Advances in the Study of Fractured Reservoirs
Naturally fractured reservoirs constitute a substantial percentage of remaining hydrocarbon resources; they create exploration targets in otherwise impermeable rocks, including under-explored crystalline basement; and they can be used as geological stores for anthropogenic carbon dioxide. Their complex behaviour during production has traditionally proved difficult to predict, causing a large degree of uncertainty in reservoir development. The applied study of naturally fractured reservoirs seeks to constrain this uncertainty by developing new understanding, and is necessarily a broad, integrated, interdisciplinary topic. This book addresses some of the challenges and advances in knowledge, approaches, concepts, and methods used to characterize the interplay of rock matrix and fracture networks, relevant to fluid flow and hydrocarbon recovery. Topics include: describing, characterizing and identifying controls on fracture networks from outcrops, cores, geophysical data, digital and numerical models; geomechanical influences on reservoir behaviour; numerical modelling and simulation of fluid flow; and case studies of the exploration and development of carbonate, siliciclastic and metamorphic naturally fractured reservoirs.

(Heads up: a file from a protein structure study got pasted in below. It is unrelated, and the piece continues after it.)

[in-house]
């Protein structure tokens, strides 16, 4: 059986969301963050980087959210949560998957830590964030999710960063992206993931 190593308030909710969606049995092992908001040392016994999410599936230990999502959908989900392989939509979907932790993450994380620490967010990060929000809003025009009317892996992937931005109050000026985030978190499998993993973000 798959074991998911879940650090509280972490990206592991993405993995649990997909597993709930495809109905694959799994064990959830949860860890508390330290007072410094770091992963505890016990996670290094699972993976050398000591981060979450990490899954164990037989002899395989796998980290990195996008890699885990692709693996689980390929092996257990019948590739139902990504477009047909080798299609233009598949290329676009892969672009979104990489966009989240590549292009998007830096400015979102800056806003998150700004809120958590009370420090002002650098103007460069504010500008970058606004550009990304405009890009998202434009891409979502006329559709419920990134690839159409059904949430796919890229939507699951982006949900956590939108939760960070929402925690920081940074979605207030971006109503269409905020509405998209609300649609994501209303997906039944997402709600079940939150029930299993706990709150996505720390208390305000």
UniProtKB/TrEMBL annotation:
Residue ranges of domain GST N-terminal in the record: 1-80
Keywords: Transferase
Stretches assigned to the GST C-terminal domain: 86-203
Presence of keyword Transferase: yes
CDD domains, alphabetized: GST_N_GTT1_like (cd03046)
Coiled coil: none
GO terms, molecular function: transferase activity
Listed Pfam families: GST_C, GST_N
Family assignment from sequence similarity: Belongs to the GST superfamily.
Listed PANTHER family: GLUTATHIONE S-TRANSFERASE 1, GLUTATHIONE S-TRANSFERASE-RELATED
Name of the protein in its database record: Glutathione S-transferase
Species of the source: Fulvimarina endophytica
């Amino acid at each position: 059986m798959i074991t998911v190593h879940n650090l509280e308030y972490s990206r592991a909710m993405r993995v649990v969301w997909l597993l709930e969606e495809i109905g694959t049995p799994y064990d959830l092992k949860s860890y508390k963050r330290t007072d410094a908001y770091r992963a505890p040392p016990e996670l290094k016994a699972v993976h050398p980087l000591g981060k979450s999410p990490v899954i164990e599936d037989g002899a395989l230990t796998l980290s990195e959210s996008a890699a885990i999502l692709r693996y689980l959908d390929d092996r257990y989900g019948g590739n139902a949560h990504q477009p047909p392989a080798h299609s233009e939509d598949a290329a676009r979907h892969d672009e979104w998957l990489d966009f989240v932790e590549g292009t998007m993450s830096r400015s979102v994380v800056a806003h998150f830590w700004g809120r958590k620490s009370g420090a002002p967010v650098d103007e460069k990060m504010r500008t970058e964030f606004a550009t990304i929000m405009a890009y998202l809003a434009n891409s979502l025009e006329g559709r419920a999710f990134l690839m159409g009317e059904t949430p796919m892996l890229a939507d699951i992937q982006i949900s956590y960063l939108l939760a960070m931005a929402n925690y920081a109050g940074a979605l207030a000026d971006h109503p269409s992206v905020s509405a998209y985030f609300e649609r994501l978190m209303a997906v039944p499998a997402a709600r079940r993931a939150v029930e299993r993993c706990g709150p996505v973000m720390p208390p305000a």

Download citation file: